May 18, 2020, London

Dear Matt Hancock,

We are civil society organisations, privacy advocates and academic researchers writing to express concerns about the NHS’s plans to build a COVID-19 datastore. We share the common goal of preserving public confidence in systems that can help make us all safer. Therefore, before the NHS continues its plans, we urge you to provide the public with more information and take appropriate measures to reduce risk of data sharing and keep the aggregated data under democratic control.

In March, the NHS announced a new plan to build a datastore that aggregates COVID-19 health data…

What they are and how they relate

How do data trusts relate to data commons? When trying to make sense of the many data governance models and data sharing arrangements in existence this question comes up a lot. Here I give some basic insights into how I tend to think about the relationship between a data commons and a data trust.

Photo by Jayden Wong on Unsplash

Common Pool Resources and their management

To understand a data commons, we need to first understand what defines a common good, or, more accurately, a common pool resource (CPR).

A CPR has two key characteristics: its use is rivalrous and it’s hard to exclude others from using the resource. What this means…

Read the full essay on the Mozilla Blog.

Data breaches, micro-targeting, advertising based on our data, nudges and gamification, they are not all bad all the time, but for the most part we, users and citizens, never asked for it and were never asked about it. The mass amounts of data about us, about our cities, about our health and our environment were mostly collected and used without our consent and often without our knowledge. It makes sense that the go-to response to this myriad of problems has been a move towards notice-and-consent, where the individual gets to decide what…

How do we, the general public, gain greater control over the estimated 2.5 quintillion bytes of data that is recorded, stored, processed and analysed, every day? For the moment, we have little say over what can be collected, accessed and used, and by whom. Nor do we enjoy much agency over the ways social platforms study and steer our behaviors. Let’s take Uber, if Uber does something you — a regular user — do not like, this isn’t something Uber views as up for discussion. Your only recourse is to delete the app. Your act of defiance is unlikely to…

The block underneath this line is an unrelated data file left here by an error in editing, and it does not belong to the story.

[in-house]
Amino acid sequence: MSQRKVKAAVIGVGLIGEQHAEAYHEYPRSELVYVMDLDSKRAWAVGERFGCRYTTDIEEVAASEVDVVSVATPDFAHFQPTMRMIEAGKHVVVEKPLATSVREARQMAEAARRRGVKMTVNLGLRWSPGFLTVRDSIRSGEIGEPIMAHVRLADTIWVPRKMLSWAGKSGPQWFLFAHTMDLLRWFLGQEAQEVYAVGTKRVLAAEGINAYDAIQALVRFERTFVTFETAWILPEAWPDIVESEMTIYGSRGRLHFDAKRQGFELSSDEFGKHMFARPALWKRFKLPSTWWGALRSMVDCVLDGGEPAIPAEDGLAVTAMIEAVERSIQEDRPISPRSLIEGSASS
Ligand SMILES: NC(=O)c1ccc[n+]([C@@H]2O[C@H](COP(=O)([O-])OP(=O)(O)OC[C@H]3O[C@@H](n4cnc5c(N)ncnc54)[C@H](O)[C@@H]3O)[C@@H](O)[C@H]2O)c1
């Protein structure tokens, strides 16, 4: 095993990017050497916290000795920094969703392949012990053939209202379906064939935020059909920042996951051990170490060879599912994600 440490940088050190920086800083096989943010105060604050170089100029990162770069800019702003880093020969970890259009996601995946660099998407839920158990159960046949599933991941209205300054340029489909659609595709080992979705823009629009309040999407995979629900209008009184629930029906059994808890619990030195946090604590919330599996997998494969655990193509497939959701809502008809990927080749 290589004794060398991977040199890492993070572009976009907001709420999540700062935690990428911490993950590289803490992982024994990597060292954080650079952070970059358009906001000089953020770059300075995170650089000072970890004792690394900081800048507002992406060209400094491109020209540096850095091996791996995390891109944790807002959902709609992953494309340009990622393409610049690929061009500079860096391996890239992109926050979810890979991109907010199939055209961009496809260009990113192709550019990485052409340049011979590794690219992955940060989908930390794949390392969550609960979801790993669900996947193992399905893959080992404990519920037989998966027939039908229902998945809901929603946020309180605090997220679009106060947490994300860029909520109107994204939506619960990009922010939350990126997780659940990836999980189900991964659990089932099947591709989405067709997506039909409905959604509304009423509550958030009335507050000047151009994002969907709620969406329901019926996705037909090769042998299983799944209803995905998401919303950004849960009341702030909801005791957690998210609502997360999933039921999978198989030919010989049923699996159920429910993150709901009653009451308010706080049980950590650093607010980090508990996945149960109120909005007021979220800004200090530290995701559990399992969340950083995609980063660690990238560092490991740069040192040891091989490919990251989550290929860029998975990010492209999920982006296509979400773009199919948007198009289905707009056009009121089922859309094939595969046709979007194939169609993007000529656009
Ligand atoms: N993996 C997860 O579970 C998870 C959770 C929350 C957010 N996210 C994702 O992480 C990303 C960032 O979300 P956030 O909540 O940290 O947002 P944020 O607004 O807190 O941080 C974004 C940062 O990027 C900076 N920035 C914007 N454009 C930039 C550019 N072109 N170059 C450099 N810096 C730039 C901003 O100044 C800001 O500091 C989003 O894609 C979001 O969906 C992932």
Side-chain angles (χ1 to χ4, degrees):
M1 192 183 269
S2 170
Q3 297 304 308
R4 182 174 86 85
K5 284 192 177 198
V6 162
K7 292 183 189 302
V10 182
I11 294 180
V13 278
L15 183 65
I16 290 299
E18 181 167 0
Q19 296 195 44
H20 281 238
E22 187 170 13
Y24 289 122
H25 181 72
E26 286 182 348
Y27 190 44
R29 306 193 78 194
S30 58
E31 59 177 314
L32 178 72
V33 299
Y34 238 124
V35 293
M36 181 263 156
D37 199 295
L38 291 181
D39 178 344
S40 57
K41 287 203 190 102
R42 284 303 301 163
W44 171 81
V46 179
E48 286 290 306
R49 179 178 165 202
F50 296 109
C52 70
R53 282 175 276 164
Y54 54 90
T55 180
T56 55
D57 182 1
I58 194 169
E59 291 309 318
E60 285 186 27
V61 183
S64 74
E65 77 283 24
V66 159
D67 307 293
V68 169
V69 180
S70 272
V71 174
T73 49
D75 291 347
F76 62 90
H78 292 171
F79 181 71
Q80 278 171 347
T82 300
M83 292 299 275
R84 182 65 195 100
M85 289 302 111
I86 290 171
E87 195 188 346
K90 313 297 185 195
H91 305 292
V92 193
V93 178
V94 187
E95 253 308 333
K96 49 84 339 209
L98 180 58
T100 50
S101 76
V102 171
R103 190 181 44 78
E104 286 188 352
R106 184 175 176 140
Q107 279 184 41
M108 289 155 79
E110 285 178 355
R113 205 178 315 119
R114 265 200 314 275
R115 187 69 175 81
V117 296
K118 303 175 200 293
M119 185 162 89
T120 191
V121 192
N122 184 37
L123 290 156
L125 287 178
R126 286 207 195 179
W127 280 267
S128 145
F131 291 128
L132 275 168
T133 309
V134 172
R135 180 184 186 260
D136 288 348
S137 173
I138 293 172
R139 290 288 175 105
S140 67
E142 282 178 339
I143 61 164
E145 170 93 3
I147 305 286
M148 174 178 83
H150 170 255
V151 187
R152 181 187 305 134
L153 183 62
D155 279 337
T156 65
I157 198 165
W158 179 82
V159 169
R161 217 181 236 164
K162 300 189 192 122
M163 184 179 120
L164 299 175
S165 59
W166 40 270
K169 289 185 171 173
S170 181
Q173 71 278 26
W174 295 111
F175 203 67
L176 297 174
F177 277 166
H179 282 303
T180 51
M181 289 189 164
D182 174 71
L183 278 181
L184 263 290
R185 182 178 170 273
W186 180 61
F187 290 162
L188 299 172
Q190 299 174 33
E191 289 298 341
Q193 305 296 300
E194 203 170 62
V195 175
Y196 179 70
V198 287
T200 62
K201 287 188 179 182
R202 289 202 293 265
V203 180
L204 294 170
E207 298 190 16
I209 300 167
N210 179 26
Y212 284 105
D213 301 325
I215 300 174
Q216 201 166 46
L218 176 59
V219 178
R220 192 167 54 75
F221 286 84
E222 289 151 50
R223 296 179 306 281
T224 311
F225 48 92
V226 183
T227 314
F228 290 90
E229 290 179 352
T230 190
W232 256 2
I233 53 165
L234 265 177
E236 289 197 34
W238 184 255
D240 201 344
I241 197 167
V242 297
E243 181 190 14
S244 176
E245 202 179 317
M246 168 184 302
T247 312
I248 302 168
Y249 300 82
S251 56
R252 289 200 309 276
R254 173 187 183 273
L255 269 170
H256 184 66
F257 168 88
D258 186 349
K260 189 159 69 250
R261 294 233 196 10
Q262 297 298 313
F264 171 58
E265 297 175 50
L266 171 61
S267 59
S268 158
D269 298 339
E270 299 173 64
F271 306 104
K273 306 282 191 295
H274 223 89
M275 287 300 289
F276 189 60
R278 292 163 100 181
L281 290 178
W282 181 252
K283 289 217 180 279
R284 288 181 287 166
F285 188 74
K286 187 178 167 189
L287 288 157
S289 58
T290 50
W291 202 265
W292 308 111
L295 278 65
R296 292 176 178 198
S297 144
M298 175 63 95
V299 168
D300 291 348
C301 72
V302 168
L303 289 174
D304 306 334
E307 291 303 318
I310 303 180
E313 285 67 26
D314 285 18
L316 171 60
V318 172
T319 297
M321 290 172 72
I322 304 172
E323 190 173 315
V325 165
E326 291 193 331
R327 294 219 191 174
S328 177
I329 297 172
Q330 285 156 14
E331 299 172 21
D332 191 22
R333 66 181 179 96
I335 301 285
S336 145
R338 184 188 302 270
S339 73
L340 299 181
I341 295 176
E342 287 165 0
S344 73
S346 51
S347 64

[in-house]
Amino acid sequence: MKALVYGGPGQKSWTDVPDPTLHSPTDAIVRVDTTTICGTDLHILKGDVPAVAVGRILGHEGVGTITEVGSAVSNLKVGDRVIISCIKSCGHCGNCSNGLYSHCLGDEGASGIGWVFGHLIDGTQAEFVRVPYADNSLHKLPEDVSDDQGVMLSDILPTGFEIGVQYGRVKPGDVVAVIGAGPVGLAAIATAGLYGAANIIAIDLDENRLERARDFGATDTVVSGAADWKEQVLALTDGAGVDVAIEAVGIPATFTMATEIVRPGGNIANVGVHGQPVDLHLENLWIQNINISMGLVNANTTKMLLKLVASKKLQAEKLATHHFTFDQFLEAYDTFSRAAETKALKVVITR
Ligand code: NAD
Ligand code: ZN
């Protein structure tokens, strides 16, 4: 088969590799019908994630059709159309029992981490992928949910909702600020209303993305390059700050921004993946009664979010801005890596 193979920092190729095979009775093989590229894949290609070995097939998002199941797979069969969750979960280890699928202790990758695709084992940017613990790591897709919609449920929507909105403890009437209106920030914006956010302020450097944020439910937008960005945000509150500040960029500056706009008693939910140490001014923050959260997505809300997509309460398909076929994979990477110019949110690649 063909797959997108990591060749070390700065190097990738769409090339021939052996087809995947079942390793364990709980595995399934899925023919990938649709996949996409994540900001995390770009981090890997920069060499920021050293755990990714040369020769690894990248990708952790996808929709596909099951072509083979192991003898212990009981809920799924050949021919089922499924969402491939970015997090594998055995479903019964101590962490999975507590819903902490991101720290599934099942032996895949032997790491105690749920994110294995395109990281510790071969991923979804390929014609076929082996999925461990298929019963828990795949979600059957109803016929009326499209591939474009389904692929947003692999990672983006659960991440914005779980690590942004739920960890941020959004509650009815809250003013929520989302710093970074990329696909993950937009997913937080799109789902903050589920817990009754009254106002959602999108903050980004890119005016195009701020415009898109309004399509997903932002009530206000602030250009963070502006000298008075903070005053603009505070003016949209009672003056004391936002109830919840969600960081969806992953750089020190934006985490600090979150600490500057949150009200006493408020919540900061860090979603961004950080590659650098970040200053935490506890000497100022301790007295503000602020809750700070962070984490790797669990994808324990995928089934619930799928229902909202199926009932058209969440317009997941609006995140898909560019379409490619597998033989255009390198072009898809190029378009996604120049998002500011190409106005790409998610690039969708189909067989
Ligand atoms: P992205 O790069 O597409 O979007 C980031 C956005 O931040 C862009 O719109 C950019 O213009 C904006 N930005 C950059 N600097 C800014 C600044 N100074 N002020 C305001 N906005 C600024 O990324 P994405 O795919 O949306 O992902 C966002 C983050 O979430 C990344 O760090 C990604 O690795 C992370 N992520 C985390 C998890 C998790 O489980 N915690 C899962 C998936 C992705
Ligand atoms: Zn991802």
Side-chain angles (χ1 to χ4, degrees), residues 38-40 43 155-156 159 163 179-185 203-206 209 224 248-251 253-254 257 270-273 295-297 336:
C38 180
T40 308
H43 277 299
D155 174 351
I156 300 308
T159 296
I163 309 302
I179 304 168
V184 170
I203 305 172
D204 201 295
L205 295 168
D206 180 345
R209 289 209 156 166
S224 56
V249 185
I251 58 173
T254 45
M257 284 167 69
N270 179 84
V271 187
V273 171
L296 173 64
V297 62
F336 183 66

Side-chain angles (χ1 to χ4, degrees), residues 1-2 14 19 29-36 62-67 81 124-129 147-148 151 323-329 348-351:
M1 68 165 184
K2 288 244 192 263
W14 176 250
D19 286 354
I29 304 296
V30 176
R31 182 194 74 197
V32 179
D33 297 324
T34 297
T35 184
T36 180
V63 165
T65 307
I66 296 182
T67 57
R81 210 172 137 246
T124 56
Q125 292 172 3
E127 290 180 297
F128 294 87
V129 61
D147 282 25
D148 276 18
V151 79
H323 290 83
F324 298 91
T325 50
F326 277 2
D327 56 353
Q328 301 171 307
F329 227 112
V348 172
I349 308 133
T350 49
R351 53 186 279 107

Locked phone.

We are on the record. With or without our consent, data about us has been recorded, stored, analysed and used to predict our behaviours and gain insights into our brightest dreams and darkest secrets. Data is nothing more than our recorded actions and words: it is not good or bad in its own right. Data can give us the information we need to cure cancer, or it can be weaponised and used to steer our behaviours. What is problematic is not that data can be exploited, but that we never consented to the exploitation. When we signed up for Facebook…

Be the change you want to see in the world’, the quote that was falsely attributed to Gandhi, rings increasingly hollow. When faced with systems that benefit cheating over collaboration, becoming a kind-hearted vegan is simply not enough to motivate the worst offenders to change course. So then, in addition to being the change, how do we go about effecting change in the systems we are part of? How can we ensure they work for all of us?

One option that has recently gained popularity is to stand up to those we work for and influence those we work with…

A loud ping alerts me to the arrival of a new job. ‘Locate unboxed fashion items in the image (DON’T FORGET BELT)’ the title reads. I click the link and start tagging unboxed dresses, shoes and, indeed, belts. The job is worth 11,549 HITs, which I soon learn stands for Human Intelligence Tasks and counts the number of human actions it takes to complete it. Every time I finish a HIT, I receive 2 cents.

Today I am one of half a million ‘Turkers’: human beings who trade time and brain cells for money, on a site called Mechanical Turk…

Photo by Yannis Papanastasopoulos on Unsplash

In a community where a single dinner easily results in nine newly registered domain names, there are bound to be some projects that fall by the wayside. Not everything is permanent and that’s ok. However, while some projects may fail for reasons outside our control and while others were never meant to last, there are many that are viable but have been abandoned by their founders.

When our personal goals are no longer aligned with the things we are working on, we should be able to leave them. But our departure should not automatically relegate these projects to the cemetery…

Anouk Ruhaak

Mozilla Fellow working with AlgorithmWatch, researching data trusts / data governance models.

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